I have been trying to adapt to getting up to the merry sound of an alarm clock waking me before dawn every work morning. It's not easy even though the pre-dawn ride into work is fun as there is very little traffic on the highway at five in the morning. By the middle of the day I am ready to get out of the dispatch center and enjoy some of that sun and air I can see through the office windows.
I am reading an omnibus edition of three Aurelio Zen mysteries by the late Michael Dibden, who wrote a series of novels about an Italian detective working in late 20th century Italy. The English author has captured the feel and politics of the country like none other, and I really enjoy the travel stories combined with the murder mysteries. So I chose a picnic table at Rest Beach to sit in the shade, breathe fresh sea air and read my book. Except people kept passing by and distracting me.
Rest Beach is next to Higgs Beach on the south side of the island, thus it's a fair distance from Duval Street, and only the hardiest visitors make it out here. That it's not far from Sandy's Café and all those Cuban coffees and sandwiches can be an advantage or not depending on your ability to resist caloric temptation.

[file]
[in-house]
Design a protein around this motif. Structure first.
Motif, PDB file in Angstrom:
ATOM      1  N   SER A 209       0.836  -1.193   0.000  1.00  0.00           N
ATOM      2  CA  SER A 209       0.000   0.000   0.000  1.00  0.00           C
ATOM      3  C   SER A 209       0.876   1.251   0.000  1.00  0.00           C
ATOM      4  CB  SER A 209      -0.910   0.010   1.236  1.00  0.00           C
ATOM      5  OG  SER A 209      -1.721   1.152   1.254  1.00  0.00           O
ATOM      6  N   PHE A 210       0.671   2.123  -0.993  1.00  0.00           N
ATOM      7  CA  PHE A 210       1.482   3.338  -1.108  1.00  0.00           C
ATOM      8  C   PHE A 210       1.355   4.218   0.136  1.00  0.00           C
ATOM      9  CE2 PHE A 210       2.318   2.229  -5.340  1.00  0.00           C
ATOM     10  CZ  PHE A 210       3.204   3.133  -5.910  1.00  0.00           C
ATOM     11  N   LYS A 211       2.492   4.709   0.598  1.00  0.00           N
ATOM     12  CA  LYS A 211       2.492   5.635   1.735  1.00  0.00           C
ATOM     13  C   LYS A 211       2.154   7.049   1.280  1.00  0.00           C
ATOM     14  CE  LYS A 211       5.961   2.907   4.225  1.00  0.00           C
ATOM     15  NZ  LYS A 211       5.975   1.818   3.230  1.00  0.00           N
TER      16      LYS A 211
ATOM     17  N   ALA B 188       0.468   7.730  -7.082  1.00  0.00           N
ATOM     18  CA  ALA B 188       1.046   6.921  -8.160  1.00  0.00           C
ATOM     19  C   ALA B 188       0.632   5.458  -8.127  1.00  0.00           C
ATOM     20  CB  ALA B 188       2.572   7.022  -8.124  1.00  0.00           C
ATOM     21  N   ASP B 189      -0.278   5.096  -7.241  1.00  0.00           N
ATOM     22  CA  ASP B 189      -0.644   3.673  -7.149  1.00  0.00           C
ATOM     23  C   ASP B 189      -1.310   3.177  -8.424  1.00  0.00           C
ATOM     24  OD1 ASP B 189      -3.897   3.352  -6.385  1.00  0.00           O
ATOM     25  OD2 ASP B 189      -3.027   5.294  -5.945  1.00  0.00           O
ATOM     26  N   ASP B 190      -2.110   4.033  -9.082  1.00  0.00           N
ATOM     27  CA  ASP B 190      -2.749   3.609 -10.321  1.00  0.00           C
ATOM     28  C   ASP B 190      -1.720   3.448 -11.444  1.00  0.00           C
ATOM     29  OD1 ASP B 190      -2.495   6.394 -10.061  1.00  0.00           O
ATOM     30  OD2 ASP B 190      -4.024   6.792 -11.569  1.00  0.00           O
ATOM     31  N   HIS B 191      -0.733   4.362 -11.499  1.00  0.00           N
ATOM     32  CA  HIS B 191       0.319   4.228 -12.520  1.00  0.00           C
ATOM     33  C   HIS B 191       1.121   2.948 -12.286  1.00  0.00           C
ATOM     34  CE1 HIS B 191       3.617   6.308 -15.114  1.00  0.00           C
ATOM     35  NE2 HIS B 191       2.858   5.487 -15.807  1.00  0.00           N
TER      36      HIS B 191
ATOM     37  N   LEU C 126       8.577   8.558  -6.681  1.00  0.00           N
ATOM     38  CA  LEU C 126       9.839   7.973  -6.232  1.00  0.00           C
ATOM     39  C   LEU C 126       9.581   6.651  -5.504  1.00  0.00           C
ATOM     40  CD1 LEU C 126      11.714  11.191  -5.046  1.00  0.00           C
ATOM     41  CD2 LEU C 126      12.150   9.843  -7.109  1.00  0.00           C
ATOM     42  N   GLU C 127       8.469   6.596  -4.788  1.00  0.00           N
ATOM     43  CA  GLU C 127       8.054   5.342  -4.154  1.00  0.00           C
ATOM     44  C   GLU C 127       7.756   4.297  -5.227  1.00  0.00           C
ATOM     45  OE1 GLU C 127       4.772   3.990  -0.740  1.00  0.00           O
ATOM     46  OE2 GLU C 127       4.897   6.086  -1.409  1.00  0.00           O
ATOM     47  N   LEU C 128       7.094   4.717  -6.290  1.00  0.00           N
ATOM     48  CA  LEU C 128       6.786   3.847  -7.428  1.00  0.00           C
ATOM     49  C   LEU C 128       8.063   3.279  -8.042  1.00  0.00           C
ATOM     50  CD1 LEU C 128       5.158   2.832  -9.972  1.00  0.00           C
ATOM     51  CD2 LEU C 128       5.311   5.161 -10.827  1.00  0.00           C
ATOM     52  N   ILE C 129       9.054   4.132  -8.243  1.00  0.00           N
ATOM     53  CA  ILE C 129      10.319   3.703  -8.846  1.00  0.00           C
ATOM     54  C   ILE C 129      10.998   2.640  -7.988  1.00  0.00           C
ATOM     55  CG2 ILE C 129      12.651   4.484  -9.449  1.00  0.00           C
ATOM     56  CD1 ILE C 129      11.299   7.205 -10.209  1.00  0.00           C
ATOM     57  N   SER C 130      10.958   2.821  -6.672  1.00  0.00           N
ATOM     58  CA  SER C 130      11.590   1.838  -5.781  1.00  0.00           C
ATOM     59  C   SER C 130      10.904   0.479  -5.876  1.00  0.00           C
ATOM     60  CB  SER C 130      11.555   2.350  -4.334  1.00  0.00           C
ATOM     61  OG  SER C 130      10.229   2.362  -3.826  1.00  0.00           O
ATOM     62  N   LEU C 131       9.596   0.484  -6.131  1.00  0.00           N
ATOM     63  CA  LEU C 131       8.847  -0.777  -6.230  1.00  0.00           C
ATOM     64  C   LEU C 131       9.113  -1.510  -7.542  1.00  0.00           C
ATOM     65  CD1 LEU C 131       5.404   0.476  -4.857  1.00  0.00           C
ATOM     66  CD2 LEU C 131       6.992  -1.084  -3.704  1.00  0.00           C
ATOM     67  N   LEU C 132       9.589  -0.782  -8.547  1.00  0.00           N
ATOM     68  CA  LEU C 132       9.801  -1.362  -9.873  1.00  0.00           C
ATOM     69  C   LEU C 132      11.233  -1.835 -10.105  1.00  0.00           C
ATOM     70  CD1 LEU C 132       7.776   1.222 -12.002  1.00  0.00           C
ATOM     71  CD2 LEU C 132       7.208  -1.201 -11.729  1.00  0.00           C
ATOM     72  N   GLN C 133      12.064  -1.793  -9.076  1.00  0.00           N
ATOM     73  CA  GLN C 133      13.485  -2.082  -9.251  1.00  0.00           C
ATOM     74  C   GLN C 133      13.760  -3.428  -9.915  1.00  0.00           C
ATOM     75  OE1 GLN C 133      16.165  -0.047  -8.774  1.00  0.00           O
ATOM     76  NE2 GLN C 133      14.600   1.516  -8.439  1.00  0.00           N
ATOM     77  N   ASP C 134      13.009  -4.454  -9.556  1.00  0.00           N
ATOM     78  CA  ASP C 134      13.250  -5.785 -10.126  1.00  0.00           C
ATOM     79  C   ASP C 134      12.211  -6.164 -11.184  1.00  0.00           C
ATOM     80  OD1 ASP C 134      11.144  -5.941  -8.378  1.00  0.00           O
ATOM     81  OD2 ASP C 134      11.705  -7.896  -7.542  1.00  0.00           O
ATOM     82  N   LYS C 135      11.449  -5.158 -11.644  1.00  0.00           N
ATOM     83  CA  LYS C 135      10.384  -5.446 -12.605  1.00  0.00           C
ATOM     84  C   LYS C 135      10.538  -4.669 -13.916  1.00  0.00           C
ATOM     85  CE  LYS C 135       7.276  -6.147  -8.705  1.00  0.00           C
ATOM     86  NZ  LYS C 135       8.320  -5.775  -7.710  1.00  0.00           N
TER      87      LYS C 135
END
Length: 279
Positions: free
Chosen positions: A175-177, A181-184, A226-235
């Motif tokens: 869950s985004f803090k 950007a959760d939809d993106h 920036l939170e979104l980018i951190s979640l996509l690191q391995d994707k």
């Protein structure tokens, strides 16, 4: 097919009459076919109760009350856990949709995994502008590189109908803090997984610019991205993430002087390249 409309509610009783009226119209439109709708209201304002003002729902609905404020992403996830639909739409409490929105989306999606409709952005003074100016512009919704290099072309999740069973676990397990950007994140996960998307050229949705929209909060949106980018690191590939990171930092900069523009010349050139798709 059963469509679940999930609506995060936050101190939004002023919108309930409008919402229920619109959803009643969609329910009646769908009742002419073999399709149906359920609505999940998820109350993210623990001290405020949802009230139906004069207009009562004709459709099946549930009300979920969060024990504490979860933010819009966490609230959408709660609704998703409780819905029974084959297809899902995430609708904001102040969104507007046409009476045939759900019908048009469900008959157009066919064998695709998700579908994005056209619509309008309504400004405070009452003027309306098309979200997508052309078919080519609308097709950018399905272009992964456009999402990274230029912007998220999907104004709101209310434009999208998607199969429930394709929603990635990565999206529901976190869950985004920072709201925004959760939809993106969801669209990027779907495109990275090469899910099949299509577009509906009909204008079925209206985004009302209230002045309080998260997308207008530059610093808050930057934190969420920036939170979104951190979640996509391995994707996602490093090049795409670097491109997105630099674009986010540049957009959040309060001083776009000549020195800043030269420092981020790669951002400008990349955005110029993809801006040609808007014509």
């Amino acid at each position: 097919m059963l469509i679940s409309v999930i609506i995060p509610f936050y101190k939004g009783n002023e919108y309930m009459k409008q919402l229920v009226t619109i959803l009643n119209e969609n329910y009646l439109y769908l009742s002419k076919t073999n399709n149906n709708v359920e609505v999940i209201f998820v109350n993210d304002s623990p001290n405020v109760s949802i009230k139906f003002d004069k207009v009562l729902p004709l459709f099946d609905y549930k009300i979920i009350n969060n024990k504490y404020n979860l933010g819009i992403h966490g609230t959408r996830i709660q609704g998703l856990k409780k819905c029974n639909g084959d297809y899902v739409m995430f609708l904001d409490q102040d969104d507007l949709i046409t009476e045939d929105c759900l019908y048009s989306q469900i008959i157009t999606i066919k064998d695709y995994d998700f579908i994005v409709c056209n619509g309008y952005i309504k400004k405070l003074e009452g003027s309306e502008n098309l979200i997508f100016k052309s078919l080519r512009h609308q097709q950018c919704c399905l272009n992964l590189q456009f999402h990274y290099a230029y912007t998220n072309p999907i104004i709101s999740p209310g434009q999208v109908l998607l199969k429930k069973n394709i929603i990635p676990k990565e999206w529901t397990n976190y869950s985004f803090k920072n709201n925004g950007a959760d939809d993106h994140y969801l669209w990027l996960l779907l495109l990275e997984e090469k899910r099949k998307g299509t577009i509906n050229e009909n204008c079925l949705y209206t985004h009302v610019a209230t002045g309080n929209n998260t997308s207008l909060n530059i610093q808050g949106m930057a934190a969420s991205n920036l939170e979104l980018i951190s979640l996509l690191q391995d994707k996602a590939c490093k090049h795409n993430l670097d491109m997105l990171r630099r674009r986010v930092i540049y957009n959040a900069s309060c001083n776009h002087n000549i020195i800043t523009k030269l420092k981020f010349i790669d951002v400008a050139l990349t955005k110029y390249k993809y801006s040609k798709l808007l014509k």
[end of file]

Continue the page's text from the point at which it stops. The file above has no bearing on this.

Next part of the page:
Rest Beach technically isn't named for putting your feet up. It's named, of course, for a local notable, but what the guide books will tell is this place used to be a slaughter beach. The cows which were kept on neighboring Stock Island were brought here by boat and sent to their reward so islanders could eat beef (we'll skip the gory details). The guide books will also tell you people find bovine jawbones on the beach as a souvenir of times past. I think that's rubbish by now. If anyone could find a semi-submerged jawbone it would be my constant companion, but Cheyenne has never settled into the dead seagrass to gnaw happily on a bone from along dead cow. That piece of history is history.
The Rest Beach story is a bit like the wild chickens of Key West story. They say the chickens are descended from fighting cocks brought from Cuba. Which begs the question: how did they reproduce and become the citywide plague they are today?
These are imponderable mysteries and far too complicated to unravel on a mere lunch break. Back to work for me. My wife sent me a picture on Sunday when I was at work and she wasn't. Apparently Cheyenne spends her lunch break quite differently from me.
I don't wish I was a dog. Cheyenne spent 8 years being unhappy for no fault of her own. It's a bit different now but she was just got lucky two thirds into her blameless life. Every day I feel lucky I know her.